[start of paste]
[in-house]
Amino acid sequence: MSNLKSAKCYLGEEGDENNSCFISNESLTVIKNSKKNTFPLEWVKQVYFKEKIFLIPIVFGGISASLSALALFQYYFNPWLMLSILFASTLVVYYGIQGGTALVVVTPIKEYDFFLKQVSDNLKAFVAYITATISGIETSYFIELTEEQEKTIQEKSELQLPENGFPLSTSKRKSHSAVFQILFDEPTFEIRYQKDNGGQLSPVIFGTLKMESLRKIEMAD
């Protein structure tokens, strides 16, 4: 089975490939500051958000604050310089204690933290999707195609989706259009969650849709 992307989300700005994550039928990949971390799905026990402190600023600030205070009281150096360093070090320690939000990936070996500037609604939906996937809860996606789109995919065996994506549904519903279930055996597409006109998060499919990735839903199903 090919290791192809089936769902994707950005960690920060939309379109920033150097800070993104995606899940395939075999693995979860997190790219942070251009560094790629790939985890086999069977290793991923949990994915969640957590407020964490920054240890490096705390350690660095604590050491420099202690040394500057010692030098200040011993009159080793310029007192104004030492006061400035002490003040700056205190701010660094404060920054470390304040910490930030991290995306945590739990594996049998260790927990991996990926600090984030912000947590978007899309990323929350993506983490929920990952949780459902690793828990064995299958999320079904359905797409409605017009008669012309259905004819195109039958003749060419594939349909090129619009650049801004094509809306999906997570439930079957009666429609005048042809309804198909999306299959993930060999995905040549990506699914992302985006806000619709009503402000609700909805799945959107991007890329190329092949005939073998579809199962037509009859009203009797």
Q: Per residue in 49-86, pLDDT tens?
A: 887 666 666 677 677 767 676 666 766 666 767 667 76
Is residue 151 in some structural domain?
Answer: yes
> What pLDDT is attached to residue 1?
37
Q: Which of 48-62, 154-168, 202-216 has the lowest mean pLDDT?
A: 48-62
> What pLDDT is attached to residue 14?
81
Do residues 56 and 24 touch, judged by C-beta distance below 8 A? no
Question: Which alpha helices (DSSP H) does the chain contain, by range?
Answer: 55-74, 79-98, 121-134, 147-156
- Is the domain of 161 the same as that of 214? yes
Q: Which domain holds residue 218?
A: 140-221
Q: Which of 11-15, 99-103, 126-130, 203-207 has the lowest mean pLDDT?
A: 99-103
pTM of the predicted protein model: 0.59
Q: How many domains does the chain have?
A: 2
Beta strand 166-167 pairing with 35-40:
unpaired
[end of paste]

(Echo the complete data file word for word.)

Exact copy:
[in-house]
Amino acid sequence: MSNLKSAKCYLGEEGDENNSCFISNESLTVIKNSKKNTFPLEWVKQVYFKEKIFLIPIVFGGISASLSALALFQYYFNPWLMLSILFASTLVVYYGIQGGTALVVVTPIKEYDFFLKQVSDNLKAFVAYITATISGIETSYFIELTEEQEKTIQEKSELQLPENGFPLSTSKRKSHSAVFQILFDEPTFEIRYQKDNGGQLSPVIFGTLKMESLRKIEMAD
């Protein structure tokens, strides 16, 4: 089975490939500051958000604050310089204690933290999707195609989706259009969650849709 992307989300700005994550039928990949971390799905026990402190600023600030205070009281150096360093070090320690939000990936070996500037609604939906996937809860996606789109995919065996994506549904519903279930055996597409006109998060499919990735839903199903 090919290791192809089936769902994707950005960690920060939309379109920033150097800070993104995606899940395939075999693995979860997190790219942070251009560094790629790939985890086999069977290793991923949990994915969640957590407020964490920054240890490096705390350690660095604590050491420099202690040394500057010692030098200040011993009159080793310029007192104004030492006061400035002490003040700056205190701010660094404060920054470390304040910490930030991290995306945590739990594996049998260790927990991996990926600090984030912000947590978007899309990323929350993506983490929920990952949780459902690793828990064995299958999320079904359905797409409605017009008669012309259905004819195109039958003749060419594939349909090129619009650049801004094509809306999906997570439930079957009666429609005048042809309804198909999306299959993930060999995905040549990506699914992302985006806000619709009503402000609700909805799945959107991007890329190329092949005939073998579809199962037509009859009203009797």
Q: Per residue in 49-86, pLDDT tens?
A: 887 666 666 677 677 767 676 666 766 666 767 667 76
Is residue 151 in some structural domain?
Answer: yes
> What pLDDT is attached to residue 1?
37
Q: Which of 48-62, 154-168, 202-216 has the lowest mean pLDDT?
A: 48-62
> What pLDDT is attached to residue 14?
81
Do residues 56 and 24 touch, judged by C-beta distance below 8 A? no
Question: Which alpha helices (DSSP H) does the chain contain, by range?
Answer: 55-74, 79-98, 121-134, 147-156
- Is the domain of 161 the same as that of 214? yes
Q: Which domain holds residue 218?
A: 140-221
Q: Which of 11-15, 99-103, 126-130, 203-207 has the lowest mean pLDDT?
A: 99-103
pTM of the predicted protein model: 0.59
Q: How many domains does the chain have?
A: 2
Beta strand 166-167 pairing with 35-40:
unpaired